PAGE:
Discoveries about green tea's healing properties show no signs of abating as more and more health benefits are being attributed to this lowly beverage.
The latest buzz surrounding green tea is its purported ability to slow down the aging process.
According to recent findings, green tea extract has been shown to maintain cellular DNA and membrane structural integrity, thus somewhat preserving the biological set-up associated with youth.
Other research shows that green tea inhibits the development of undesirable cell colonies that lead to various diseases.
The active constituents in green tea are powerful antioxidants called polyphenols (catechins) and flavonols. Several catechins are present in green tea and account for the bulk of favorable research reports. Epigallocatechin gallate (EGCG) is the most powerful of these catechins. EGCG functions as an antioxidant that is about 25-100 times more potent than vitamins C and E. A cup of green tea may provide 10-40 mg of polyphenols and has antioxidant effects that are greater than a serving of broccoli, spinach, carrots, or strawberries. Theoretically, the high antioxidant activity of green tea makes it beneficial for protecting the body from oxidative damage due to free radicals.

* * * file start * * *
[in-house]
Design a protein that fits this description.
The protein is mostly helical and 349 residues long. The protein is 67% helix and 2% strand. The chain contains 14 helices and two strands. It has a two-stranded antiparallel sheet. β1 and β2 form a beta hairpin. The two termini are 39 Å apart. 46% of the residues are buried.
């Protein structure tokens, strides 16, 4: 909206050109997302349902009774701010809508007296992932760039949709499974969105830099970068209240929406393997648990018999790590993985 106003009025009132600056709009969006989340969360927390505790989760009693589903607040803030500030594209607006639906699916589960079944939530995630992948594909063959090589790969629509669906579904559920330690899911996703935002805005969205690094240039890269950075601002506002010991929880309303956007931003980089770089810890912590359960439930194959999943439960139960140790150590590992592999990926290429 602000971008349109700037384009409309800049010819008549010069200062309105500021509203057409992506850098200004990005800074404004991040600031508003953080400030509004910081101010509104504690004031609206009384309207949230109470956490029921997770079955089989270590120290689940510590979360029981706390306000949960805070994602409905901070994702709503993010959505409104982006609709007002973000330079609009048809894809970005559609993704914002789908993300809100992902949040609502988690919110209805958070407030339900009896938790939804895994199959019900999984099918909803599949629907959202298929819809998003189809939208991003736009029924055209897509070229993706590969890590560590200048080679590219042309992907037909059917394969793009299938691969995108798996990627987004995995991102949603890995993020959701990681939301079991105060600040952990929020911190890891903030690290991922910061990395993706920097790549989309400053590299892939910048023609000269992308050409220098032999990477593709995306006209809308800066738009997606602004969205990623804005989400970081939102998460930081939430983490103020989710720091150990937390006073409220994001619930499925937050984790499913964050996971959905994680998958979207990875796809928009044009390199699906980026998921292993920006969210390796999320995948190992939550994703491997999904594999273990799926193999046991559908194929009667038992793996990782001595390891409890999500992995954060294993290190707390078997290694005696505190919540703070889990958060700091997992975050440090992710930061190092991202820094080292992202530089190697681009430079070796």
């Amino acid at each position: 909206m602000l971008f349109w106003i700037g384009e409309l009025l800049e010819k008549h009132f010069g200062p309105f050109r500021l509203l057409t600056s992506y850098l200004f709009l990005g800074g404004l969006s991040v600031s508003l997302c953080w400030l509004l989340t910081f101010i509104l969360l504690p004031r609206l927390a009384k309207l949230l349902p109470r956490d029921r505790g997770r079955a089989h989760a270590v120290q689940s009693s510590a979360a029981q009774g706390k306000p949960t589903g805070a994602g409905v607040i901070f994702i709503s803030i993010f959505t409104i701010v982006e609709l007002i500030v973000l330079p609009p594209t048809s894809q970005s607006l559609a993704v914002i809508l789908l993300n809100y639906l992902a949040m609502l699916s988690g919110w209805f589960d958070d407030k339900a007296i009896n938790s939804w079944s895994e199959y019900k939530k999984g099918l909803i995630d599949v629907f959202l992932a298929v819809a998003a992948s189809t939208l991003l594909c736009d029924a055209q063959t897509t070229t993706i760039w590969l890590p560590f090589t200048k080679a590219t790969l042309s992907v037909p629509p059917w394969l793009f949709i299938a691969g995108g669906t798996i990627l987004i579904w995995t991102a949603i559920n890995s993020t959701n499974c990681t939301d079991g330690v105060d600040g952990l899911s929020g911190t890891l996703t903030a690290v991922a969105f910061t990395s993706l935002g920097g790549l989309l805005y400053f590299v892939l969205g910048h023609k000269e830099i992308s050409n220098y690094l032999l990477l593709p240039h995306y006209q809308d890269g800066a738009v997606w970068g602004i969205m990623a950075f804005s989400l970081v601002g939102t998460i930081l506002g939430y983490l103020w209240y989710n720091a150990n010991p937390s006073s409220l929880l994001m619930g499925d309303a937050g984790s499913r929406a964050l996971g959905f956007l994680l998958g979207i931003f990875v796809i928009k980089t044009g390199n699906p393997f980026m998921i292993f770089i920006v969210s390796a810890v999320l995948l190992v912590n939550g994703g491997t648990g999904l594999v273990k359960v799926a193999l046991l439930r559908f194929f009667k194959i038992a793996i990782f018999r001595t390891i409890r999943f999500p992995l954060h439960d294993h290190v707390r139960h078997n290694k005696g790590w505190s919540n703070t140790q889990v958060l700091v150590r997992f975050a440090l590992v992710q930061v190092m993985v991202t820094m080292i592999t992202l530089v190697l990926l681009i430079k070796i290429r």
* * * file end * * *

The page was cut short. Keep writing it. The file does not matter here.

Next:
Thus, as oxidative damage is minimized or even arrested, the cells in the body are able to function fully and even regenerate so that their "youthful" properties are maintained.